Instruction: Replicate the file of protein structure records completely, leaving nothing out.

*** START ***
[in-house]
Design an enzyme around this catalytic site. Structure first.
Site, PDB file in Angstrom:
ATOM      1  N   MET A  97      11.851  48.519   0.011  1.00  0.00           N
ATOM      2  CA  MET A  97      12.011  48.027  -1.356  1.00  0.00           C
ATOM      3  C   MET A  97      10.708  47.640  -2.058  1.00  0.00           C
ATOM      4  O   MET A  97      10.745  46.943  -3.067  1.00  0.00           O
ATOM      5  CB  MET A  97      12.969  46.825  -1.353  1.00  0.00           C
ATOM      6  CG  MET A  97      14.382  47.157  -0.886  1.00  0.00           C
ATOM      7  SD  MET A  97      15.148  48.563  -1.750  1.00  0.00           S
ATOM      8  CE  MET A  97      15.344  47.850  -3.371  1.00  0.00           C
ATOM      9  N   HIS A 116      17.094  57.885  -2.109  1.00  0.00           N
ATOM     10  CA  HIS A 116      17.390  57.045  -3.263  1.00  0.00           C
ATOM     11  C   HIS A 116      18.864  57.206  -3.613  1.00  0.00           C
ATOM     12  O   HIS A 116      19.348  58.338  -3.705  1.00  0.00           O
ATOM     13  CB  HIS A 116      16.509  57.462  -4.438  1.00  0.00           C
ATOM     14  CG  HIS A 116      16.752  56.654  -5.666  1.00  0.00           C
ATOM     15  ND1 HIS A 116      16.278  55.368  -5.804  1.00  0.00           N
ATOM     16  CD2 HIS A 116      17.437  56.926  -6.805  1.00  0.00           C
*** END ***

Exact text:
[in-house]
Design an enzyme around this catalytic site. Structure first.
Site, PDB file in Angstrom:
ATOM      1  N   MET A  97      11.851  48.519   0.011  1.00  0.00           N
ATOM      2  CA  MET A  97      12.011  48.027  -1.356  1.00  0.00           C
ATOM      3  C   MET A  97      10.708  47.640  -2.058  1.00  0.00           C
ATOM      4  O   MET A  97      10.745  46.943  -3.067  1.00  0.00           O
ATOM      5  CB  MET A  97      12.969  46.825  -1.353  1.00  0.00           C
ATOM      6  CG  MET A  97      14.382  47.157  -0.886  1.00  0.00           C
ATOM      7  SD  MET A  97      15.148  48.563  -1.750  1.00  0.00           S
ATOM      8  CE  MET A  97      15.344  47.850  -3.371  1.00  0.00           C
ATOM      9  N   HIS A 116      17.094  57.885  -2.109  1.00  0.00           N
ATOM     10  CA  HIS A 116      17.390  57.045  -3.263  1.00  0.00           C
ATOM     11  C   HIS A 116      18.864  57.206  -3.613  1.00  0.00           C
ATOM     12  O   HIS A 116      19.348  58.338  -3.705  1.00  0.00           O
ATOM     13  CB  HIS A 116      16.509  57.462  -4.438  1.00  0.00           C
ATOM     14  CG  HIS A 116      16.752  56.654  -5.666  1.00  0.00           C
ATOM     15  ND1 HIS A 116      16.278  55.368  -5.804  1.00  0.00           N
ATOM     16  CD2 HIS A 116      17.437  56.926  -6.805  1.00  0.00           C